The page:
Often overshadowed by other marketing clouds, Sitecore will enjoy its day in the Las Vegas sun next week when it unveils a major update to its customer experience management platform.
Though it's not official, the Copenhagen-based company is likely to unveil version 8 at the Sitecore Symposium, which runs Monday through Wednesday.
The show's centerpiece is the just completed integration of CommerceServer.net into the Sitecore platform. Sitecore, which bought the e-commerce engine last November, reports that the result is a platform that provides an analytics-driven, real time, personalized experience to customers across all channels.
Moving Beyond Promises
"The one key thing we're really going to be focusing on for both our customers and prospects is that we've effectively brought together a single, connected platform that delivers on this promise," said Mark Floisand, vice president of product marketing, pictured, right. "People talk about it, but we built it."
Among those who talk the loudest about that promise are Adobe, Oracle and Salesforce, all of which market similar systems and plan product upgrades this fall. Sitecore's biggest challenge may be to create a marketing buzz that rises above the competing din from both the big players and mid-tier niche players.
"They'd love to be compared to Adobe," said Scott Liewehr, president of Digital Clarity Group, which tracks vendors in the customer experience field. But he said Sitecore competes more often with the mid-range niche companies like Acquia, EPiServer and Marketo."I think they're facing more and more competition now," said Liewehr. "All these platforms are overlapping each other."
In the end, that may not really matter, the analyst said, because most companies are patching together their own clouds, using technologies from several companies rather than relying on a single vendor. "The problem for Sitecore is that nobody is using the entire stack," said Liewehr. "It doesn't matter if they're the first one to put the parts together. And, by the way, they're not."
Through its Lighthouse program, the company recently invited select customers to see how well Commerce Server has been wedded with the other features in Sitecore. The company then asked some of those customers to share their experiences on the big stage in Vegas.
In essence, the company has adapted its pre-existing API for Commerce Server and optimized it to take advantage of Sitecore features. For example, if a shopper abandons a cart before checkout, Sitecore analytics looks into that shopper's history for clues on what could close the sale. If that suggests that the shopper would respond to a deep discount, a discount offer is sent.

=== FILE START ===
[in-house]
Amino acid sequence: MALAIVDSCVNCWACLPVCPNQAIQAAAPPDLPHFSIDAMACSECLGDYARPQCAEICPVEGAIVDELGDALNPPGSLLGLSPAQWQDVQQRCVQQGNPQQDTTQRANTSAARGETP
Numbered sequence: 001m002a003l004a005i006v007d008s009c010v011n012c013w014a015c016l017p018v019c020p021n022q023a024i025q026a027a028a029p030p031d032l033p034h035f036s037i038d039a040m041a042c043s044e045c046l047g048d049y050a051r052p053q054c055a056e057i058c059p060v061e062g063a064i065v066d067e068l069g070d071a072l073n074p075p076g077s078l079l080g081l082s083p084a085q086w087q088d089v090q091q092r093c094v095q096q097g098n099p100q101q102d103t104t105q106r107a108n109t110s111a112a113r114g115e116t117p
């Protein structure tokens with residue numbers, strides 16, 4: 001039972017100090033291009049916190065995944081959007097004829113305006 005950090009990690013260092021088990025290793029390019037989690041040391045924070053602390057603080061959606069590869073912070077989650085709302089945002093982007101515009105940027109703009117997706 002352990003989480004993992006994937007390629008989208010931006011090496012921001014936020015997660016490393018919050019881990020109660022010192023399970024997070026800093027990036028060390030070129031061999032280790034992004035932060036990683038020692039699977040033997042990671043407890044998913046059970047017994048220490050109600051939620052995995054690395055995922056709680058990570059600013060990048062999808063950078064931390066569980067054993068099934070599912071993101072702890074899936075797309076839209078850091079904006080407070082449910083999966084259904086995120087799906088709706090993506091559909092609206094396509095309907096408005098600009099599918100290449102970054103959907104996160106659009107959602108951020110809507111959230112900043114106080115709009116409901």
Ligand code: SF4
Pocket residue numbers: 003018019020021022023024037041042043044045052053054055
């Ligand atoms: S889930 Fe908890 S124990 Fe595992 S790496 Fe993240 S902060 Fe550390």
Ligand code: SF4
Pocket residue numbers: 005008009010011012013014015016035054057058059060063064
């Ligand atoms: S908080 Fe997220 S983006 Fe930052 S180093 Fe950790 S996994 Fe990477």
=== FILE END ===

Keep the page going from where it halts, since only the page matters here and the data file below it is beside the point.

Philosophically, Floisand says Sitecore believes that analytics should be a tool that helps to build a long-term relationship with customers rather than just close a sale. Sitecore's goal is to help its clients maximize revenue throughout the customer's lifetime journey.
"Most technology companies, at least from a marketing technology point of view, have been largely focused on selling to enterprises things to help them acquire more customers and convert them," said Floisand. "But there's relatively little attention to how to build on an ongoing communication with them based on the information you have about them."
Sitecore's CX maturity model
Watching Every Move
He said all of a customer's information should guide the ongoing communications that brands have with customers. "And our ability to connect and integrate that information into the experience database, and therefore use it to better inform every interaction, is a large part of the business value around Sitecore," Floisand said.
"We talk about engagement value as a single metric that is a way of unifying and being able to discern between the value of content in different channels," he said. "How one element of content performs in one channel over another, not just at a page level, but at a content item level, wheresoever it is."
The company also has a fresh view of testing. "Really, we're moving to a world where we test everything by default," said Floisand. "So instead of tests being something you do on a routine, regular basis with a little discipline, they become part and parcel of how you publish content."
Title Image by Maridav / Shutterstock.